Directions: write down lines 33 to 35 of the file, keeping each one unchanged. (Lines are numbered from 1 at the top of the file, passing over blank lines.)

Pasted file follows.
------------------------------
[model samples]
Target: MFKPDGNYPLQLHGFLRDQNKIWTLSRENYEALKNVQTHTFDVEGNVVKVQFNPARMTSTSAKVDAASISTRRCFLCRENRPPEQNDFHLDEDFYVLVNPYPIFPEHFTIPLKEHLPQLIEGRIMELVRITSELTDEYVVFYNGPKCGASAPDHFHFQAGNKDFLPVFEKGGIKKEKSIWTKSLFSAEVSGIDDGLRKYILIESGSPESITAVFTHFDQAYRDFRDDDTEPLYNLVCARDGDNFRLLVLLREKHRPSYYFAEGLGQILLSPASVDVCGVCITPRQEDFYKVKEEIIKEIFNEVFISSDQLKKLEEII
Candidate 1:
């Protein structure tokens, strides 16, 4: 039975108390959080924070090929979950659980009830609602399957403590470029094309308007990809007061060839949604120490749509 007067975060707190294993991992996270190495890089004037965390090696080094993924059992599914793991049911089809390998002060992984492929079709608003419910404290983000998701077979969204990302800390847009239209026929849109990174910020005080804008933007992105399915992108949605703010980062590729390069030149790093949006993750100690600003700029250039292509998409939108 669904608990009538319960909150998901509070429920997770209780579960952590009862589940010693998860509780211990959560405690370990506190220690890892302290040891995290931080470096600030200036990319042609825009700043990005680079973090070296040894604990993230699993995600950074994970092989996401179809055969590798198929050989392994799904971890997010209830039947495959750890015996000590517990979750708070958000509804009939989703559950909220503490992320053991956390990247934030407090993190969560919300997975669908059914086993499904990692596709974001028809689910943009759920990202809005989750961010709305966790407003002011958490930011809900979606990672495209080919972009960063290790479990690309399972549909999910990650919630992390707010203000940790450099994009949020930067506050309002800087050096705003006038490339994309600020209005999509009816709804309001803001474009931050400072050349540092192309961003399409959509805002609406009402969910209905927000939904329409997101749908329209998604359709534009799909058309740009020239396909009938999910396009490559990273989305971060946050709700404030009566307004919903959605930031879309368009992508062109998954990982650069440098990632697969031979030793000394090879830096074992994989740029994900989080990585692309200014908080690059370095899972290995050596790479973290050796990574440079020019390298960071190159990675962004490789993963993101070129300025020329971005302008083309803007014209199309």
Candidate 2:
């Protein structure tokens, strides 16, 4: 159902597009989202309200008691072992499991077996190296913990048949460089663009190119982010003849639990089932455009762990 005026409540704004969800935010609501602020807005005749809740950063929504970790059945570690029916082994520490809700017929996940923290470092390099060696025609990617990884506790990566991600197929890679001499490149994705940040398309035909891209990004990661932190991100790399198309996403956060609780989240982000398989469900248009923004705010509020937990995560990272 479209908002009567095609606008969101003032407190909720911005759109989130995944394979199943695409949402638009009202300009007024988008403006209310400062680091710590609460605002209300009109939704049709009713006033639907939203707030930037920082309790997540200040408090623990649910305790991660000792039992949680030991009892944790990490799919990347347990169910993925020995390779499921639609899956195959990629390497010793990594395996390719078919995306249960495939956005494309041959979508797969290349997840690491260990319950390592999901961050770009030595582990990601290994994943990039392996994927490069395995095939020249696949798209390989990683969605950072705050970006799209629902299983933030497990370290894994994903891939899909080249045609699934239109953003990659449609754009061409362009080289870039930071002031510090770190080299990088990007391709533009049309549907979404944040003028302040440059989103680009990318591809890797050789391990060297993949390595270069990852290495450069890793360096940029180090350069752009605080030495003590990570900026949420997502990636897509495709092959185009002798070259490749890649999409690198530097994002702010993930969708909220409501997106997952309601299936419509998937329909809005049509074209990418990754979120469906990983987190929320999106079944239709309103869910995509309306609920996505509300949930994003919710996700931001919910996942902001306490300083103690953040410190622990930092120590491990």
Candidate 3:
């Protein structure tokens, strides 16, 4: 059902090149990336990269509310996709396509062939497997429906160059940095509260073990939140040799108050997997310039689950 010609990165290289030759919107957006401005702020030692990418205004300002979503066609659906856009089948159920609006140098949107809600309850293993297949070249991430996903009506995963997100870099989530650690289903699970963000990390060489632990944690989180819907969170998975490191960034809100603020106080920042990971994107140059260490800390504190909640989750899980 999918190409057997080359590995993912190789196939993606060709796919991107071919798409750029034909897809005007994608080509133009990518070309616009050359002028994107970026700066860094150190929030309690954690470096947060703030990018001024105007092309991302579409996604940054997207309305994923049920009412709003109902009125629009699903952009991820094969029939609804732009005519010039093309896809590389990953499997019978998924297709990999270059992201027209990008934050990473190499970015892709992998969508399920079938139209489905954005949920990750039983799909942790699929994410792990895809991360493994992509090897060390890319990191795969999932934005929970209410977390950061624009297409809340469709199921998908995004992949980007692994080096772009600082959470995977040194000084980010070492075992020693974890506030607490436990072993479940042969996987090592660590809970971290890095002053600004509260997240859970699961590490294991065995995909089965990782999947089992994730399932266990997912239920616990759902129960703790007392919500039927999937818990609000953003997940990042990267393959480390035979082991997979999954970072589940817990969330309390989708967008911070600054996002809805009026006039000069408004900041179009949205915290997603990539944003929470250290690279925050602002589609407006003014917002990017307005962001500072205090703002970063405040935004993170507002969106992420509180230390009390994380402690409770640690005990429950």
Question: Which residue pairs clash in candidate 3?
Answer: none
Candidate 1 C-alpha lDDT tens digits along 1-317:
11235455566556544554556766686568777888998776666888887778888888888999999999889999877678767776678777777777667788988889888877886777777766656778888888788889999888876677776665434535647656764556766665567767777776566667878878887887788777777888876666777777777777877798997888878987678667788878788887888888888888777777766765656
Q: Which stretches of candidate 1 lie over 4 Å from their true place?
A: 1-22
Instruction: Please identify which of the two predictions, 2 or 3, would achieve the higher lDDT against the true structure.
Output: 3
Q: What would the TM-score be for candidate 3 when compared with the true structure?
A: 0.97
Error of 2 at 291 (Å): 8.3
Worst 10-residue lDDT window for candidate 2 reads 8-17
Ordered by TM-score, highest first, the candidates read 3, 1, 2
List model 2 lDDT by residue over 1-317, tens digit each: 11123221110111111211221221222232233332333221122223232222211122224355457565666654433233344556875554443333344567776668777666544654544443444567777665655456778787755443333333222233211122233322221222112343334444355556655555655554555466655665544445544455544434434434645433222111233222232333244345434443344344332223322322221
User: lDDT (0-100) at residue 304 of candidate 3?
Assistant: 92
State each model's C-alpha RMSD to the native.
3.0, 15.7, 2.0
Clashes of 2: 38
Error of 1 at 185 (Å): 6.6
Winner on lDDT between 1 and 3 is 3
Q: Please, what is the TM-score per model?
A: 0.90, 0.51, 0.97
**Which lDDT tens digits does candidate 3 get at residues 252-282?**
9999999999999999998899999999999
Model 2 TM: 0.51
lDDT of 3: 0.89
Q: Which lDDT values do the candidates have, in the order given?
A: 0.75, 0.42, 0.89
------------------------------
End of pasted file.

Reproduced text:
9999999999999999998899999999999
Model 2 TM: 0.51
lDDT of 3: 0.89